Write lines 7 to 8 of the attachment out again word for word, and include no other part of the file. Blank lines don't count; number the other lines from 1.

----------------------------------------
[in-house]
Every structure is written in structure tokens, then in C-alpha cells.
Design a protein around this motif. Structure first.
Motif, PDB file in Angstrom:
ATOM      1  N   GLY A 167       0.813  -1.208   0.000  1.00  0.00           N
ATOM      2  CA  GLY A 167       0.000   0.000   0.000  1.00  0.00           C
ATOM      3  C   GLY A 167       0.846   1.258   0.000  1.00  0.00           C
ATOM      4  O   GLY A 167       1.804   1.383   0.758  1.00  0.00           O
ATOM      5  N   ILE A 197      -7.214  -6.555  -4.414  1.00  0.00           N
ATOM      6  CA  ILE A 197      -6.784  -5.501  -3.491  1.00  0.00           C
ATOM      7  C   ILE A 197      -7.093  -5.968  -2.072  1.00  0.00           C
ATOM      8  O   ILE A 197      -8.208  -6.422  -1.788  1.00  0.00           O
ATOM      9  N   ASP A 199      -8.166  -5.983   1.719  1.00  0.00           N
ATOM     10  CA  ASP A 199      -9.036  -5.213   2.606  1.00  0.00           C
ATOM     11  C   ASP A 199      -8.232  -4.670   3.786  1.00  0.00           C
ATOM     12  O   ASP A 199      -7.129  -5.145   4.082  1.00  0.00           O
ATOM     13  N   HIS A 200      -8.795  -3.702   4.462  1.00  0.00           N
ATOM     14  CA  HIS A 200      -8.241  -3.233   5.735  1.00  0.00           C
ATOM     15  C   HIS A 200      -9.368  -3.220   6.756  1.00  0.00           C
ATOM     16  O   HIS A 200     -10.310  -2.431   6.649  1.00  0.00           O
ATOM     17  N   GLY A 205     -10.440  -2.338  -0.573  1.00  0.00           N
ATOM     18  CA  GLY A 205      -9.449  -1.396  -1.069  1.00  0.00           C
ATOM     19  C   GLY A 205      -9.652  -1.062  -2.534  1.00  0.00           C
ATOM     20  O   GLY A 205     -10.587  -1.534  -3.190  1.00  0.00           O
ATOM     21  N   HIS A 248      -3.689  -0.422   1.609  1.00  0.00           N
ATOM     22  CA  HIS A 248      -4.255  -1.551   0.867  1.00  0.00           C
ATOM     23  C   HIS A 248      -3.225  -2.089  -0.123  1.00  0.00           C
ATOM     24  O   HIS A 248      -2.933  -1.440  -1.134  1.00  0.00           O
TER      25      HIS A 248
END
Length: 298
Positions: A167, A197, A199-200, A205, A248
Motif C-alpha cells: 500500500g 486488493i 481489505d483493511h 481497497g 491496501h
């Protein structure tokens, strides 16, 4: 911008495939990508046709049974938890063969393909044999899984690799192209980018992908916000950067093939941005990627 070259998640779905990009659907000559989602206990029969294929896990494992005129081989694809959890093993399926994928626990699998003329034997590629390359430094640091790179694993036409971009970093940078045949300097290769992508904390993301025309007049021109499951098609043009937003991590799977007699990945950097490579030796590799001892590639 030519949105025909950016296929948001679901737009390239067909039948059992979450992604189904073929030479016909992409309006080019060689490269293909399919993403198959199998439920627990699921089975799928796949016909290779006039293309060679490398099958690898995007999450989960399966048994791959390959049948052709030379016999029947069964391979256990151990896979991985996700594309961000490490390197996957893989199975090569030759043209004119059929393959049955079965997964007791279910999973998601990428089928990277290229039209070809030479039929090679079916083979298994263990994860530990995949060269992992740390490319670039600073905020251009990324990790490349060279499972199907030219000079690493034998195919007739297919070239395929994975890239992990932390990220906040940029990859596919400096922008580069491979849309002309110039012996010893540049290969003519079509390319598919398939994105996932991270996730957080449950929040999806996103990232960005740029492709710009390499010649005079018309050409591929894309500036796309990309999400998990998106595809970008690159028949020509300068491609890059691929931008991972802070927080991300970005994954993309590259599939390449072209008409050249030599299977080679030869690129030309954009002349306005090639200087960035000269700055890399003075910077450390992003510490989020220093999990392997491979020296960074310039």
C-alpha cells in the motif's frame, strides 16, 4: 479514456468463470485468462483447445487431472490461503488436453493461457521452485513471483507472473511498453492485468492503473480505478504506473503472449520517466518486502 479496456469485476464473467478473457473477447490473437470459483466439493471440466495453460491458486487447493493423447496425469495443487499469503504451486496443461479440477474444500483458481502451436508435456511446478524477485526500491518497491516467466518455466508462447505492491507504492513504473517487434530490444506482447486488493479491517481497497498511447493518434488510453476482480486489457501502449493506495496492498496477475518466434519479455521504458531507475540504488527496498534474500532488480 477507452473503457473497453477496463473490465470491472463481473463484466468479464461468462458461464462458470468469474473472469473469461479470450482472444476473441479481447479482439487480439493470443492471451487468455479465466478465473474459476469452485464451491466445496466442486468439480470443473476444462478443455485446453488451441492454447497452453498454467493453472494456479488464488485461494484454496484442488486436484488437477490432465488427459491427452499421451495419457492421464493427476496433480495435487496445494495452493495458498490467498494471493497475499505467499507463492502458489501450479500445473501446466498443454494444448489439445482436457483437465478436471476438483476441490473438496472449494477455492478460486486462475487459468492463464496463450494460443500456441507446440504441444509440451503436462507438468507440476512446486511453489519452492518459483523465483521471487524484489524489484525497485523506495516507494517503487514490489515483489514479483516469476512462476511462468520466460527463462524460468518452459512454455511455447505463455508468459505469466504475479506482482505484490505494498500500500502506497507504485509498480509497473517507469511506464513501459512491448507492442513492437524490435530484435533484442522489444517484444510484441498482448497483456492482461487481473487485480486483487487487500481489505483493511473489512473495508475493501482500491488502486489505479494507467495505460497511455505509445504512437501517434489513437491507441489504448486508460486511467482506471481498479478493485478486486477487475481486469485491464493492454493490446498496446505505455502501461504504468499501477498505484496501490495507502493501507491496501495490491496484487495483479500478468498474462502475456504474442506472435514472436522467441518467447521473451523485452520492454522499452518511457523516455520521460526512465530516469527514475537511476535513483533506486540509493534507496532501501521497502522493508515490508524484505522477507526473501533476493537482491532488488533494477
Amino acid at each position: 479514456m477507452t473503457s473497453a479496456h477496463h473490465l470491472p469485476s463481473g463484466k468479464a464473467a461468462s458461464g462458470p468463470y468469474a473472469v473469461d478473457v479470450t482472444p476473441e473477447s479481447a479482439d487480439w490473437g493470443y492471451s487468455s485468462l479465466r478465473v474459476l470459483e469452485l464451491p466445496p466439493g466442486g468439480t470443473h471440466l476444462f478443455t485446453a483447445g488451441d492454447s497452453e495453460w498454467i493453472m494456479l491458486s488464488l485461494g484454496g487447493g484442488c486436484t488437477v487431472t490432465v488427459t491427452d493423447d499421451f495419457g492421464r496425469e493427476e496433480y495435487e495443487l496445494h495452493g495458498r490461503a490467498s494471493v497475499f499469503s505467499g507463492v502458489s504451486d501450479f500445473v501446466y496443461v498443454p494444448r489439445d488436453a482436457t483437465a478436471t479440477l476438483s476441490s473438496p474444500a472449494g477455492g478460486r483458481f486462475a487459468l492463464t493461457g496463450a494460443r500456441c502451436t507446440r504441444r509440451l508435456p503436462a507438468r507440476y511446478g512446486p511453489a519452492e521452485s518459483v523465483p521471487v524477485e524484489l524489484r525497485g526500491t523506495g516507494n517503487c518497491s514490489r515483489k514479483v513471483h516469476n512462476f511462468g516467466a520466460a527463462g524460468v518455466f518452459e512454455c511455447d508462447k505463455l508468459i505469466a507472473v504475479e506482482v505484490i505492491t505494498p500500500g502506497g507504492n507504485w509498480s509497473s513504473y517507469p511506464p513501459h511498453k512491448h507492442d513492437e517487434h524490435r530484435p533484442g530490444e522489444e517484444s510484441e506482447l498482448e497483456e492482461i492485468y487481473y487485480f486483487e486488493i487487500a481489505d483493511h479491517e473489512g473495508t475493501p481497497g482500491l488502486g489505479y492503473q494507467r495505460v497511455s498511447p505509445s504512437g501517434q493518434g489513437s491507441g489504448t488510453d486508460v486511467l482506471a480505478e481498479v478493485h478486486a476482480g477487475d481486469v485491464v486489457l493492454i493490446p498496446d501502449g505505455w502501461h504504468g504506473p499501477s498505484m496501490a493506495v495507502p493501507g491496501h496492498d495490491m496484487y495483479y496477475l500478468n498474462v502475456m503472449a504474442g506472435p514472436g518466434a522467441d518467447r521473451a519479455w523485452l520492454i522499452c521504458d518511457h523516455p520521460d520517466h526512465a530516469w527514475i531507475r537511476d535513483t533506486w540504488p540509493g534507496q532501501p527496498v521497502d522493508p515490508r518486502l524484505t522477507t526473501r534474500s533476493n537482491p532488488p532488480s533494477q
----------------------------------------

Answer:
ATOM      3  C   GLY A 167       0.846   1.258   0.000  1.00  0.00           C
ATOM      4  O   GLY A 167       1.804   1.383   0.758  1.00  0.00           O